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'Who is this upstart, Subhas Chandra Bose?'

Do you remember the first time you saw Netaji Subhas Chandra Bose?

Oh, that was in the December of 1928, during the Calcutta session of the Indian National Congress. I was there because my mother, Ammu Swaminadhan, was part of the INC. Netaji was the head of the Congress Seva Dal -- the volunteer wing of the INC.

Netaji wanted to train his volunteers to be more militant, to have a militant bearing and to have an erect stance. Every day, the volunteers used to collect at the Calcutta maidan and a group of us young people used to leave our houses early in the morning to go there and witness their parade.

There were a lot of important people there because the INC was in session. And many of them did not like him. They'd question, 'Who is this upstart, Subhas Chandra Bose? He is trying to introduce violence into Mahatma Gandhi's non-violent movement. We must all be careful of him.'

How did you get involved in the freedom struggle?

Mahatma Gandhi I was always inspired by the freedom struggle. During my college days in India, I was a member of the youth wing of the Congress. And I think I was most angry and most active when Bhagat Singh was arrested and tried. At that time, we collected funds for him. We organised a student strike in protest of his arrest, and against his being hanged, throughout South India.

Despite being involved in the freedom struggle in my own way, there were some things I did not agree with especially where Gandhiji was concerned. Like, when he said that we should give up our studies and throw ourselves into the national movement. That did not make sense to me. If we all gave up our studies, what would the nation have done after Independence? After Independence, it was even more important that we were educated, that we became professionals. How, otherwise, were we ever going to build a nation?

So, I continued with my medical studies. By the time the second world war began, I was a qualified doctor. Most of my classmates got commissions in the medical wing of the Indian army. I felt that something more was to come, I was hoping that some movement would be launched. But this was 1939 and nothing happened. So, in early 1940, I left for Singapore.

What prompted you to join the Indian National Army?

Netaji and Laxmi I was in Singapore when the British surrendered the country to the Japanese. General Mohan Singh formed the first INA with the help of the Japanese. At the same time, there arose a civilian movement called the Indian Independence League led by Rash Behari Bose.

He did a very wise thing. You see, he wanted a propaganda vehicle so he made the Japanese agree that all the Indians there would be members of the IIL. The IIL was basically a buffer. No Indian dealt directly with the Japanese for anything, whether they wanted their jobs back or whether they wanted a ration card.

I offered the IIL my services. At that time, we had a lot of people coming in from up-county. They were the workers from the tea estates and the rubber estates who were left with no alternative. They had been bombed and had no security since they had been abandoned by the British. We ran camps for them. Many of these people were ill, so we also formed a medical team to look after them.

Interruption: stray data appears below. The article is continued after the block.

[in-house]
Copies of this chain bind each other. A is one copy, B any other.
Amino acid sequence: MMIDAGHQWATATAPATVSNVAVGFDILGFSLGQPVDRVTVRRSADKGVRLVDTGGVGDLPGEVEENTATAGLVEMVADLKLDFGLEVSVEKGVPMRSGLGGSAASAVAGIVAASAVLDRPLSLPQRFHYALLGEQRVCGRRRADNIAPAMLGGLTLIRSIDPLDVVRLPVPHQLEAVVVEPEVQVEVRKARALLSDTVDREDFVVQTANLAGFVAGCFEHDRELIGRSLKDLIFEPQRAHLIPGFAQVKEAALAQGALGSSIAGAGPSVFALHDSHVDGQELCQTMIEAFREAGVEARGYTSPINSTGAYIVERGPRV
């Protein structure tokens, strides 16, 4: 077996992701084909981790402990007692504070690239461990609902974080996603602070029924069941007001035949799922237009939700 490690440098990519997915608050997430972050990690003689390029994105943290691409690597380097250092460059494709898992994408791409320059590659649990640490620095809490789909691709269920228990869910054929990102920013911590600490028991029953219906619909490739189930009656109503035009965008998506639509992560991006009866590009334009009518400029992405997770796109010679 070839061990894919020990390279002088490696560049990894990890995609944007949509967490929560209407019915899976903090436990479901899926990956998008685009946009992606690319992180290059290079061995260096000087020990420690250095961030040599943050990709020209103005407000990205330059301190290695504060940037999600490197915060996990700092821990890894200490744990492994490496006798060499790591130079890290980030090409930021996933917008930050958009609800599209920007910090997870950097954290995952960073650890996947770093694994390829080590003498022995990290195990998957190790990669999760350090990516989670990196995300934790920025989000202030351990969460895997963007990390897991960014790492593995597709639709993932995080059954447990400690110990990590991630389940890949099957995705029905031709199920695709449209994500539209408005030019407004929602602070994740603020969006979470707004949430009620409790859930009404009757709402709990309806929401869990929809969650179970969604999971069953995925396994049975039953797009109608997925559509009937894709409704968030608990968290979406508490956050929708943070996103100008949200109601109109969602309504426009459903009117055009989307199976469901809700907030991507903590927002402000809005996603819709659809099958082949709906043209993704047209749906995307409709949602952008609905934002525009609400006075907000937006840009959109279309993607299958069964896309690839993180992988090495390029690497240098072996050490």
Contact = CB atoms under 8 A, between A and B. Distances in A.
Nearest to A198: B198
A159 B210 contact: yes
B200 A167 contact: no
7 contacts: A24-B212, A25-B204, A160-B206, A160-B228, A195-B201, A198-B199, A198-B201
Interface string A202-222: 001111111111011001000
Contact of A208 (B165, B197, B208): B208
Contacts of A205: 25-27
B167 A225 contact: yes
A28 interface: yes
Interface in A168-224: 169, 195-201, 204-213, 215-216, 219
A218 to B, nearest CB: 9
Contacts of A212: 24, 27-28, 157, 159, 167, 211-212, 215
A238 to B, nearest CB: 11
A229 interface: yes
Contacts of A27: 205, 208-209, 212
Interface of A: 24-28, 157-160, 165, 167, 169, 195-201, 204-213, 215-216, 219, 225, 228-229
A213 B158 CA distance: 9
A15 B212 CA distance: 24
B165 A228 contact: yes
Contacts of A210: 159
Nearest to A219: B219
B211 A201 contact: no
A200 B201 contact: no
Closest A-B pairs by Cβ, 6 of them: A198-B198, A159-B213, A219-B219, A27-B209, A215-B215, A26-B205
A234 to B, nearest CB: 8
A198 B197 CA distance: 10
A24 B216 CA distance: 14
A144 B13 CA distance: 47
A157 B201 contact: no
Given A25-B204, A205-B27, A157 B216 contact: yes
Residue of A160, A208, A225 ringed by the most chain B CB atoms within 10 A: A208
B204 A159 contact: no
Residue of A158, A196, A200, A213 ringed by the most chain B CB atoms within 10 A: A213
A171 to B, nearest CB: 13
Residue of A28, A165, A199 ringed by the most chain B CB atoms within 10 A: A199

Then there was broadcasting. We used to broadcast to India regularly. We wanted to tell everyone at home that we were safe and that the Japanese army had not harmed us in any way. You see, at time, the first image that came to mind when you mentioned the Japanese was atrocities because of what they had done in China and Korea. We wanted to assure our people at home that we were safe and were being treated well.

Gradually, we broadcast information about the IIL. What we did not know then was that, expect for the early ones, most of our broadcasts were so badly jammed in India that our messages never reached across. But there was no other active role for me.

At that time, there was all this talk that Subhas Chandra Bose was going to come to Singapore. Since I was a senior member of the INL and one of the committee members from Singapore, I was part of the welcoming committee that met Netaji on his arrival.

The president of the Singapore IIL knew that I wanted to meet Netaji. At about the same time, Netaji told his advisors there that he wanted to start a women's movement. Three days after Netaji reached Singapore, I was called for an interview. He spoke to me for six hours. That was how it started.

Did you have any kind of physical training before you joined the INA?


Did you, or any of the soldiers in the Rani of Jhansi regiment, face problems while undergoing physical training?

This was one of those instances when Netaji showed his greatness and humaneness. Before the Rani of Jhansi regiment actually started training, he personally spoke to all the instructors, 'Remember, these recruits are not the kind that you are normally used to - they are not sturdy young boys from the villages of Punjab. These are women, your sisters, your daughters. They have not had any experience in this kind of thing, they are not used to this. So you must be very gradual.'